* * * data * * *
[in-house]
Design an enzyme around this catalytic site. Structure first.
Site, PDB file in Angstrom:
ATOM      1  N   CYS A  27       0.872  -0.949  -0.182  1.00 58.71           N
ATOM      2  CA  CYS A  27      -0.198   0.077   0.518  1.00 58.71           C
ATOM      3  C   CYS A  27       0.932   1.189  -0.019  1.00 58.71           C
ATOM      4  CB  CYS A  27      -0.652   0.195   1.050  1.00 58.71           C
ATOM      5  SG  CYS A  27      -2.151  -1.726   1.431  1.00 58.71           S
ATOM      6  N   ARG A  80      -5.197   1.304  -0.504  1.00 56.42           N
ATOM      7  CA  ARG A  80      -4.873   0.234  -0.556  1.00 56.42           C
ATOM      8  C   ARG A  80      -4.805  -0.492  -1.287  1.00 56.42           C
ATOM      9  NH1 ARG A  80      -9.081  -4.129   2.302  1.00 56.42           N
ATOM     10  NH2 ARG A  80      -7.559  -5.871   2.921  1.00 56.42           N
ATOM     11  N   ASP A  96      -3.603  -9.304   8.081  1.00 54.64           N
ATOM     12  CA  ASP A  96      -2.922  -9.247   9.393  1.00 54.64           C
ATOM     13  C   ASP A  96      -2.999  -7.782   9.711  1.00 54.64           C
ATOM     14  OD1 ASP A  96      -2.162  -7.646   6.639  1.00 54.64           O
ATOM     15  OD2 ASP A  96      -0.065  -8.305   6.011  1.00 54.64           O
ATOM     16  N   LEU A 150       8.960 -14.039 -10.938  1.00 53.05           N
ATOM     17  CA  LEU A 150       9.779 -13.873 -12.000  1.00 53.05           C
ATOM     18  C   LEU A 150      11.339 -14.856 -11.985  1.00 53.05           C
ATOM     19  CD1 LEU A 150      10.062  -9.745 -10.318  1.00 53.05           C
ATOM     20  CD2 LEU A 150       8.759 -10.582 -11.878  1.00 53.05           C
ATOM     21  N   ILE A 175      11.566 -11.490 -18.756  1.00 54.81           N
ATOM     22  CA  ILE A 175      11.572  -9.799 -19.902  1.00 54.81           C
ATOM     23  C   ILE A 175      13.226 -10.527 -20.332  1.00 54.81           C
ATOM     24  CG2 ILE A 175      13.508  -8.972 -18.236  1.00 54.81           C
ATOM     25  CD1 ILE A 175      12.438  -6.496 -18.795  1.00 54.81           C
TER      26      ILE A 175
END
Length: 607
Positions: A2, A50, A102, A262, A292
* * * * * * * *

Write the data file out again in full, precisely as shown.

[in-house]
Design an enzyme around this catalytic site. Structure first.
Site, PDB file in Angstrom:
ATOM      1  N   CYS A  27       0.872  -0.949  -0.182  1.00 58.71           N
ATOM      2  CA  CYS A  27      -0.198   0.077   0.518  1.00 58.71           C
ATOM      3  C   CYS A  27       0.932   1.189  -0.019  1.00 58.71           C
ATOM      4  CB  CYS A  27      -0.652   0.195   1.050  1.00 58.71           C
ATOM      5  SG  CYS A  27      -2.151  -1.726   1.431  1.00 58.71           S
ATOM      6  N   ARG A  80      -5.197   1.304  -0.504  1.00 56.42           N
ATOM      7  CA  ARG A  80      -4.873   0.234  -0.556  1.00 56.42           C
ATOM      8  C   ARG A  80      -4.805  -0.492  -1.287  1.00 56.42           C
ATOM      9  NH1 ARG A  80      -9.081  -4.129   2.302  1.00 56.42           N
ATOM     10  NH2 ARG A  80      -7.559  -5.871   2.921  1.00 56.42           N
ATOM     11  N   ASP A  96      -3.603  -9.304   8.081  1.00 54.64           N
ATOM     12  CA  ASP A  96      -2.922  -9.247   9.393  1.00 54.64           C
ATOM     13  C   ASP A  96      -2.999  -7.782   9.711  1.00 54.64           C
ATOM     14  OD1 ASP A  96      -2.162  -7.646   6.639  1.00 54.64           O
ATOM     15  OD2 ASP A  96      -0.065  -8.305   6.011  1.00 54.64           O
ATOM     16  N   LEU A 150       8.960 -14.039 -10.938  1.00 53.05           N
ATOM     17  CA  LEU A 150       9.779 -13.873 -12.000  1.00 53.05           C
ATOM     18  C   LEU A 150      11.339 -14.856 -11.985  1.00 53.05           C
ATOM     19  CD1 LEU A 150      10.062  -9.745 -10.318  1.00 53.05           C
ATOM     20  CD2 LEU A 150       8.759 -10.582 -11.878  1.00 53.05           C
ATOM     21  N   ILE A 175      11.566 -11.490 -18.756  1.00 54.81           N
ATOM     22  CA  ILE A 175      11.572  -9.799 -19.902  1.00 54.81           C
ATOM     23  C   ILE A 175      13.226 -10.527 -20.332  1.00 54.81           C
ATOM     24  CG2 ILE A 175      13.508  -8.972 -18.236  1.00 54.81           C
ATOM     25  CD1 ILE A 175      12.438  -6.496 -18.795  1.00 54.81           C
TER      26      ILE A 175
END
Length: 607
Positions: A2, A50, A102, A262, A292